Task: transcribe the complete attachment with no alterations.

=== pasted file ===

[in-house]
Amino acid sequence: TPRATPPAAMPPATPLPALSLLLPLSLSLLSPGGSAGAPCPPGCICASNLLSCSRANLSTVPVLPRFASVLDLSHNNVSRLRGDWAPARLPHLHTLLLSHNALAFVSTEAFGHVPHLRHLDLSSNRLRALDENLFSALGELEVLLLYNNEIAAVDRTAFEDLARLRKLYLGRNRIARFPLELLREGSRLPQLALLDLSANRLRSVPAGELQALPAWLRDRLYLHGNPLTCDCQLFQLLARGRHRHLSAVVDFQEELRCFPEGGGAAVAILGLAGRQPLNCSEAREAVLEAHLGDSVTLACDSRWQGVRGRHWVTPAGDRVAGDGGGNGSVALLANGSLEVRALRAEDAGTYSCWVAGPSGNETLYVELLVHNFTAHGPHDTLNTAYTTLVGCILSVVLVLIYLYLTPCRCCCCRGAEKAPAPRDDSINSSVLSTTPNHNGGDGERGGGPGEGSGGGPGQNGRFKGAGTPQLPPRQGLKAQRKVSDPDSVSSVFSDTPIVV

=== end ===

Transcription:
[in-house]
Amino acid sequence: TPRATPPAAMPPATPLPALSLLLPLSLSLLSPGGSAGAPCPPGCICASNLLSCSRANLSTVPVLPRFASVLDLSHNNVSRLRGDWAPARLPHLHTLLLSHNALAFVSTEAFGHVPHLRHLDLSSNRLRALDENLFSALGELEVLLLYNNEIAAVDRTAFEDLARLRKLYLGRNRIARFPLELLREGSRLPQLALLDLSANRLRSVPAGELQALPAWLRDRLYLHGNPLTCDCQLFQLLARGRHRHLSAVVDFQEELRCFPEGGGAAVAILGLAGRQPLNCSEAREAVLEAHLGDSVTLACDSRWQGVRGRHWVTPAGDRVAGDGGGNGSVALLANGSLEVRALRAEDAGTYSCWVAGPSGNETLYVELLVHNFTAHGPHDTLNTAYTTLVGCILSVVLVLIYLYLTPCRCCCCRGAEKAPAPRDDSINSSVLSTTPNHNGGDGERGGGPGEGSGGGPGQNGRFKGAGTPQLPPRQGLKAQRKVSDPDSVSSVFSDTPIVV